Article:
The Great Greene Heist

The Great Greene HeistThe Great Greene Heist by Varian Johnson. Arthur A. Levine (an imprint of Scholastic), 2014. 240 pages. Publisher recommends for middle grade students. ISBN: 9780545525527.

Maplewood Middle School is in the midst of an election for student council officers. Gabriella de la Cruz is running for student council president. The student council president has a great deal of control over which school-sponsored clubs get funding. Keith Sinclair, an excellent villain, wants to be president so he can fund the clubs he likes and de-fund the others. He and his father, another excellent villain, arrange to buy the election. They buy it from Dr. Kelsey, the school principal and the third excellent villain. Enter Jackson Greene. Jackson finds out about the Sinclair’s attempt to buy the election and decides to put together a team to secure the election for his one-time girlfriend Gaby.

Jackson is super cool. He is in complete control of every detail of the heist. He chooses his team members very carefully and he knows how to get the best out of each of them. Each of the team members is a believable character.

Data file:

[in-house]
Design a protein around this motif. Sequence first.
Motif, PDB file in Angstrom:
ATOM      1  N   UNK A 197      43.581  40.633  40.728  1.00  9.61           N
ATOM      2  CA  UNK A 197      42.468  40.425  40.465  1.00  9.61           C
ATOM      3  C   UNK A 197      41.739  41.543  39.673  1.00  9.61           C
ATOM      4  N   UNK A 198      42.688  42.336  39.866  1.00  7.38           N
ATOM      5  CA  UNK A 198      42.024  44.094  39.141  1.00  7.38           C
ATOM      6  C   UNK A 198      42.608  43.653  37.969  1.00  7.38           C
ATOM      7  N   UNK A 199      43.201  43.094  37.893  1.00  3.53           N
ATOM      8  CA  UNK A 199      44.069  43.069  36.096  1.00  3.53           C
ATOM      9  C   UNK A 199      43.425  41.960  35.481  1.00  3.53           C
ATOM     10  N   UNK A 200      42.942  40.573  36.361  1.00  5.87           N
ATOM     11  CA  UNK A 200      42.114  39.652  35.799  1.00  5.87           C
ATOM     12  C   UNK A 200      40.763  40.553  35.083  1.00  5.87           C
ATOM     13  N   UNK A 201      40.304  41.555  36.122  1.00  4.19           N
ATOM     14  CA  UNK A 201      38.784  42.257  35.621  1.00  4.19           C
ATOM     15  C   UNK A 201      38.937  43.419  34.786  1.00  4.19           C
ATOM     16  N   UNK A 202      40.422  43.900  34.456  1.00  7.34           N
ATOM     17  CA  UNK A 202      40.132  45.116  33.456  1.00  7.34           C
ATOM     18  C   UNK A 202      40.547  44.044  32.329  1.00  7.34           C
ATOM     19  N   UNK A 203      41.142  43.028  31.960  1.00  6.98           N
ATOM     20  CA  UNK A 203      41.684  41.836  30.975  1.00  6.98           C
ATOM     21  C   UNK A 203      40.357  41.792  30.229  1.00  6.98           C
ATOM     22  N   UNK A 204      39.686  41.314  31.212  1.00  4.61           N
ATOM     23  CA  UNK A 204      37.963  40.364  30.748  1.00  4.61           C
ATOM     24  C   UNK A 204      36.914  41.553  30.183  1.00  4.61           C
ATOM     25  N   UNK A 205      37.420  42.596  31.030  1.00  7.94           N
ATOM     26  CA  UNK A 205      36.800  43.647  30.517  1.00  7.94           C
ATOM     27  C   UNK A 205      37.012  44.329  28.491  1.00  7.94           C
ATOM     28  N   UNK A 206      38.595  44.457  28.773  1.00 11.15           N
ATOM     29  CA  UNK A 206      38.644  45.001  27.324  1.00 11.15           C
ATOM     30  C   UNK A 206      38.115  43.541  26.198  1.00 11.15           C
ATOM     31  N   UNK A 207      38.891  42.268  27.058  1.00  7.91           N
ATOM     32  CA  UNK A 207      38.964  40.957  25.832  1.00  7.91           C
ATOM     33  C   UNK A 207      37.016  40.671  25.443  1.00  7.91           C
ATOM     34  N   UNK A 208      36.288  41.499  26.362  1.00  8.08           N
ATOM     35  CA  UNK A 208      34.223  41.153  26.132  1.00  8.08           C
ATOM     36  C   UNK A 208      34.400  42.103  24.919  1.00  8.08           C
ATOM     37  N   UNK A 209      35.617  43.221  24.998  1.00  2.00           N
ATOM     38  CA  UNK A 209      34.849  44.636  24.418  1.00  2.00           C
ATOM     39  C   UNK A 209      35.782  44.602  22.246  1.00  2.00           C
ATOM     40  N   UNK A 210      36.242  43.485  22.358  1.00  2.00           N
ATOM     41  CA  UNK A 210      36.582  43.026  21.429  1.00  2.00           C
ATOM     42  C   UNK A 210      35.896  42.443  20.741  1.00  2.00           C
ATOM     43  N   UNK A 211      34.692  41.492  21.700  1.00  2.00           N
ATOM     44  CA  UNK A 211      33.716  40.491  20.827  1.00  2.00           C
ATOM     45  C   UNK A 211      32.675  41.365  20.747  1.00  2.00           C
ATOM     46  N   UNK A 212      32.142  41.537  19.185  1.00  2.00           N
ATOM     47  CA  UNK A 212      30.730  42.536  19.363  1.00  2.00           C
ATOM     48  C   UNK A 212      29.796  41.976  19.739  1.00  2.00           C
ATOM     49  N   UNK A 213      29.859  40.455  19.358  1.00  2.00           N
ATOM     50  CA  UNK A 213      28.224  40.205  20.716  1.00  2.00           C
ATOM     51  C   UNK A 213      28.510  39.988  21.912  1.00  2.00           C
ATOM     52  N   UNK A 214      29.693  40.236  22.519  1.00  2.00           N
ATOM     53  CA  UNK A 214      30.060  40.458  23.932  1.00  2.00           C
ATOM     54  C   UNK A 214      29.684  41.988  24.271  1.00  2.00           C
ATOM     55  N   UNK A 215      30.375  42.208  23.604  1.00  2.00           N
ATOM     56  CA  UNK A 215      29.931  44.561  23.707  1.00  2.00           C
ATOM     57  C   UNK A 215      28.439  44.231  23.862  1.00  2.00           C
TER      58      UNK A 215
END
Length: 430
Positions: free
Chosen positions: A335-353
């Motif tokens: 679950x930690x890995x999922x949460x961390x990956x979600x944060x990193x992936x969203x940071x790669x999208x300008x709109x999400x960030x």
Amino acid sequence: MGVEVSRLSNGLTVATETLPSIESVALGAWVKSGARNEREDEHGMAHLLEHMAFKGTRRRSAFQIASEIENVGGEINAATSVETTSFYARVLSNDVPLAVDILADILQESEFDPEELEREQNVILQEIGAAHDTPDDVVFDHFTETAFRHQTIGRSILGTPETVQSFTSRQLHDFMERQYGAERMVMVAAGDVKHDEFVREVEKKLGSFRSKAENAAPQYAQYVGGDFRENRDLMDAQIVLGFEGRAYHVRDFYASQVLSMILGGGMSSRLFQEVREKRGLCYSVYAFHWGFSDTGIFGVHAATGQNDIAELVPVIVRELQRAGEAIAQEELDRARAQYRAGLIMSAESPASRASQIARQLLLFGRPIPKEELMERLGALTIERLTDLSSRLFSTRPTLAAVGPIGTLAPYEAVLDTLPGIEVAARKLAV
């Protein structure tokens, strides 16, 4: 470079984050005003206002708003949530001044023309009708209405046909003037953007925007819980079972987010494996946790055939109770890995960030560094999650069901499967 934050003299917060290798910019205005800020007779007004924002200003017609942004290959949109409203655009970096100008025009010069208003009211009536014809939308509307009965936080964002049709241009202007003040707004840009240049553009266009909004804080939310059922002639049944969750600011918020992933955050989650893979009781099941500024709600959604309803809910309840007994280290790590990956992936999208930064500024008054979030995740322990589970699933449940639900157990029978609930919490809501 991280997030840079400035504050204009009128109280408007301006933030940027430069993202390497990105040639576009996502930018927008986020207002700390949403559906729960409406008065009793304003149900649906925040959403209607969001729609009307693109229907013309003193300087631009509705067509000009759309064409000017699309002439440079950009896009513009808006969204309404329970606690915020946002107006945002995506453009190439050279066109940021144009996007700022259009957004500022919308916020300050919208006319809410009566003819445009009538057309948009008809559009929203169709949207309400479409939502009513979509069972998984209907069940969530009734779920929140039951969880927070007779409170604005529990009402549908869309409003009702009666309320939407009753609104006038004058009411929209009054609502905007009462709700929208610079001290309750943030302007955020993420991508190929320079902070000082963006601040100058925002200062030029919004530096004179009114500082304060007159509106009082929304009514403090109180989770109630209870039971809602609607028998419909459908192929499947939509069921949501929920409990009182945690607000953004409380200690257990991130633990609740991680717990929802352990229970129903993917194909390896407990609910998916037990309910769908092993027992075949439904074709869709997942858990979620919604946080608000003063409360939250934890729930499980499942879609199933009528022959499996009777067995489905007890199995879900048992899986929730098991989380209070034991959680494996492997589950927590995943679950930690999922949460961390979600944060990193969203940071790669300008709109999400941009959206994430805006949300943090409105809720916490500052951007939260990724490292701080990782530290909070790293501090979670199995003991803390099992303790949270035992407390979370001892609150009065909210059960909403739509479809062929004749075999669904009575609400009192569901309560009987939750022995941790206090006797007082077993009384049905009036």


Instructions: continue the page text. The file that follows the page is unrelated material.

There’s also a love story between Jackson and Gaby. They’d been very close, but Jackson was indiscreet with another girl and Gaby broke off their relationship. It’s been four months. Jackson misses Gaby and she misses Jackson. They miss their burgeoning romance, but most of all they miss their friendship. There is also a romance developing between two other members of Jackson’s team.

Jackson’s team is drawn from various ethnic backgrounds. Johnson creates this diversity in a way that seems effortless. As a reader, it never occurred to me that the racial diversity was unusual.

I loved the political angle of the book. Tampering with voting machines brings up memories of the 2000 election in Florida. It also reminds me of the rumors of tampering with voting machines in the 2004 election. How can the democratic process be honored in the face of machines that can be altered to produce a particular outcome? As I read the book I kept thinking “anyone who writes for The Pirate Tree blog (as Johnson does) couldn’t tell a story about machine tampering in which the tampering is successful and the success is positive.” Was I right?

Beyond tampering with voting machines, there’s the whole issue of buying elections. In a completely non–didactic way, Johnson is preparing kids to be voters in a post-Citizens United country.

Johnson draws such an accurate picture of Middle School that after reading the book I’m now trying to forget middle school all over again.

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